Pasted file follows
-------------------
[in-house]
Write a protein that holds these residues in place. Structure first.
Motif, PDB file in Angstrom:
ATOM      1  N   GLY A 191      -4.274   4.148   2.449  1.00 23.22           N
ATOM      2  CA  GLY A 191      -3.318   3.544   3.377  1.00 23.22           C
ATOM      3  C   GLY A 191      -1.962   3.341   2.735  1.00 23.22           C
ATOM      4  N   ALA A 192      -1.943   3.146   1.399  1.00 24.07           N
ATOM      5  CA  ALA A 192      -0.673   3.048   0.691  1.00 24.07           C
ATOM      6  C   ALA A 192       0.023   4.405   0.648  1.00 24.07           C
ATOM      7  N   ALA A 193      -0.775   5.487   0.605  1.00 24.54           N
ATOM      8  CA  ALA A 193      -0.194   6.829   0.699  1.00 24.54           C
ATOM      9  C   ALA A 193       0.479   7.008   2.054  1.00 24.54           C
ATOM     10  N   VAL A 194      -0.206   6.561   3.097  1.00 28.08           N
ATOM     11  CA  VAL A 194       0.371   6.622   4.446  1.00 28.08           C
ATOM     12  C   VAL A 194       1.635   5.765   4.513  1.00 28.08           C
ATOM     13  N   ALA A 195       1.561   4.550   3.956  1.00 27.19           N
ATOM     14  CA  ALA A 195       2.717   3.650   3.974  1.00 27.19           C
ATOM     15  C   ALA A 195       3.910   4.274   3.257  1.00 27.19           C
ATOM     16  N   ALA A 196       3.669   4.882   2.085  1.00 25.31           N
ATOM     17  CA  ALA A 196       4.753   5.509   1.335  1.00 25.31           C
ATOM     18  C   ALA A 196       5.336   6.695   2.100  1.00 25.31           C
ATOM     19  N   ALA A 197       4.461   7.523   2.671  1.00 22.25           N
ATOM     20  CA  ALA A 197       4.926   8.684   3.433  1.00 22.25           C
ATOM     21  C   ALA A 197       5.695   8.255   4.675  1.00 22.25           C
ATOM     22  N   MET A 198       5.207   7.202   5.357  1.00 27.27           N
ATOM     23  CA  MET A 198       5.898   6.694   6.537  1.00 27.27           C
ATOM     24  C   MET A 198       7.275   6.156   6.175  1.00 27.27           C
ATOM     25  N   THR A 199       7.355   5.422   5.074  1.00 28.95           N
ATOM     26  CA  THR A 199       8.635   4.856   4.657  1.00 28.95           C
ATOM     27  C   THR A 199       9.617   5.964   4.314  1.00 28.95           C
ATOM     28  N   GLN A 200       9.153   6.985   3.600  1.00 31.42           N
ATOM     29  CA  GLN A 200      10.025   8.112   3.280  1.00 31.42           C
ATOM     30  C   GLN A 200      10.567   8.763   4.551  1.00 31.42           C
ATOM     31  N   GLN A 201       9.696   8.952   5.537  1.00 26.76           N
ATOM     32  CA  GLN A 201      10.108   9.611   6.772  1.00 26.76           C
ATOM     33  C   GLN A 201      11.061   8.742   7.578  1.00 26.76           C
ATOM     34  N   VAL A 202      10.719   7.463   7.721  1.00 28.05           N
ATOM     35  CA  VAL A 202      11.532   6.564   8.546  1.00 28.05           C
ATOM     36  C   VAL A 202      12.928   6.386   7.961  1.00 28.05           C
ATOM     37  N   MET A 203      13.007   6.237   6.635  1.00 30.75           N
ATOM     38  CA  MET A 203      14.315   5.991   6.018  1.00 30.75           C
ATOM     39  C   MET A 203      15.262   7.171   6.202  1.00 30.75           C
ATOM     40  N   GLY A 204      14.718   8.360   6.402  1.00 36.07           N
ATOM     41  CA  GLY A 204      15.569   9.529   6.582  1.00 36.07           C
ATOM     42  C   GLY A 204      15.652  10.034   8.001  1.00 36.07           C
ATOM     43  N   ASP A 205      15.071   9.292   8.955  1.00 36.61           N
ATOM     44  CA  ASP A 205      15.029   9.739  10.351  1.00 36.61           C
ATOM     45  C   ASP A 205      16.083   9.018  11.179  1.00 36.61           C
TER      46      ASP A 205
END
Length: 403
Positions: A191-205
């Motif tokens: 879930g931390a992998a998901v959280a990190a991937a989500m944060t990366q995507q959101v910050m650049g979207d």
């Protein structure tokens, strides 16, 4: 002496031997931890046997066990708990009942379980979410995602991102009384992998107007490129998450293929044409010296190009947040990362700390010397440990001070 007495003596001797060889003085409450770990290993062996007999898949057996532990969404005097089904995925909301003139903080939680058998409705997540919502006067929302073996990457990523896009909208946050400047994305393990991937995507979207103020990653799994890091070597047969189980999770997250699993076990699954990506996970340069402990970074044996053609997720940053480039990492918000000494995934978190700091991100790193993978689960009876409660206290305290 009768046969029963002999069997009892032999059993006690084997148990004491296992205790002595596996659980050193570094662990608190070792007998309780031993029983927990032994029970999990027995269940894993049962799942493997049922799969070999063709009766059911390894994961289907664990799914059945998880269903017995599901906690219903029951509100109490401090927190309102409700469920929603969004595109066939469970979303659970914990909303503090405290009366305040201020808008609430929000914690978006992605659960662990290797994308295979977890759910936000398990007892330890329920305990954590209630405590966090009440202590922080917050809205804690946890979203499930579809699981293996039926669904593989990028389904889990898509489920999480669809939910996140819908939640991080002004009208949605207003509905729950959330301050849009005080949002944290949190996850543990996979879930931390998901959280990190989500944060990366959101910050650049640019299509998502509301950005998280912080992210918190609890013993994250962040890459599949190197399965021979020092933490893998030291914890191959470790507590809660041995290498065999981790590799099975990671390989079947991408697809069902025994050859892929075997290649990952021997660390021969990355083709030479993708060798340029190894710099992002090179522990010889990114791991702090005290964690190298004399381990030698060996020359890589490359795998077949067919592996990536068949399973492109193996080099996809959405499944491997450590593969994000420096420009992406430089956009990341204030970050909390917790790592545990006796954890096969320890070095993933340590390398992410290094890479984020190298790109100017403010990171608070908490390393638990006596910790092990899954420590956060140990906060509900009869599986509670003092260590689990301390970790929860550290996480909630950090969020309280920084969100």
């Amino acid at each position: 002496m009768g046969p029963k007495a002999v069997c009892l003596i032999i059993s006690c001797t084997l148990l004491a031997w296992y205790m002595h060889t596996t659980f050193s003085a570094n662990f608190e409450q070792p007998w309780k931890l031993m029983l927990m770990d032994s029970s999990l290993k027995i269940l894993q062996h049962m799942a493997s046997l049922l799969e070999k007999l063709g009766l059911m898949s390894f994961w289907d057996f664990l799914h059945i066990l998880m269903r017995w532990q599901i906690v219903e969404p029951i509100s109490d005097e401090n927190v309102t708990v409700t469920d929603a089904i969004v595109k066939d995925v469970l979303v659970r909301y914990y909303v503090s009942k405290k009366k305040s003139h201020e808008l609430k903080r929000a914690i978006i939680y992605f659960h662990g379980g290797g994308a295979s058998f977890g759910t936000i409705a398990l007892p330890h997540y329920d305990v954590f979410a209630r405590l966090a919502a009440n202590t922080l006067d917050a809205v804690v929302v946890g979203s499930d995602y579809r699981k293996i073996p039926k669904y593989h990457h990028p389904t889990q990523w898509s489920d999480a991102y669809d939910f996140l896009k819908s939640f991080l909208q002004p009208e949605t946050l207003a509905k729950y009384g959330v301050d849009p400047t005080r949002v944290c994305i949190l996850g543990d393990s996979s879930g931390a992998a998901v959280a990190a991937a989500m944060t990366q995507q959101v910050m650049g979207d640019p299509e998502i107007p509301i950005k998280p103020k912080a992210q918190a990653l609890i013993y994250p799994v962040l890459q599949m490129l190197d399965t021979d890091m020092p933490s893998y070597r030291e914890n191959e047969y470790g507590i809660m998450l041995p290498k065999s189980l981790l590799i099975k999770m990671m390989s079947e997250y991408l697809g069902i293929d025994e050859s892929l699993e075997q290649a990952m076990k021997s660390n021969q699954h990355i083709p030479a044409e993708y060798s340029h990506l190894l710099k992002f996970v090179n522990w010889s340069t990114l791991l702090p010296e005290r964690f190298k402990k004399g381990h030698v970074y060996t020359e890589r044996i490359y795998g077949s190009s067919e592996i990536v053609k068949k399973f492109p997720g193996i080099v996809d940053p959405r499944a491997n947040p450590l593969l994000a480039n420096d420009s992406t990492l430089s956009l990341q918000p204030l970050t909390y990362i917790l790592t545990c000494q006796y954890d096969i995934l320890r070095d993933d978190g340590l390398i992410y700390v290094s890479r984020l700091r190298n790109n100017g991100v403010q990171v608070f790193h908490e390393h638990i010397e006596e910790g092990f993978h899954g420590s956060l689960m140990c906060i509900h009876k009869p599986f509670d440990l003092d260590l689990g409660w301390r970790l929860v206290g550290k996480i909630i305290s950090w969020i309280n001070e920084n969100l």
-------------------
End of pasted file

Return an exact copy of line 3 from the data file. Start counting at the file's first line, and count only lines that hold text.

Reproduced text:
Motif, PDB file in Angstrom: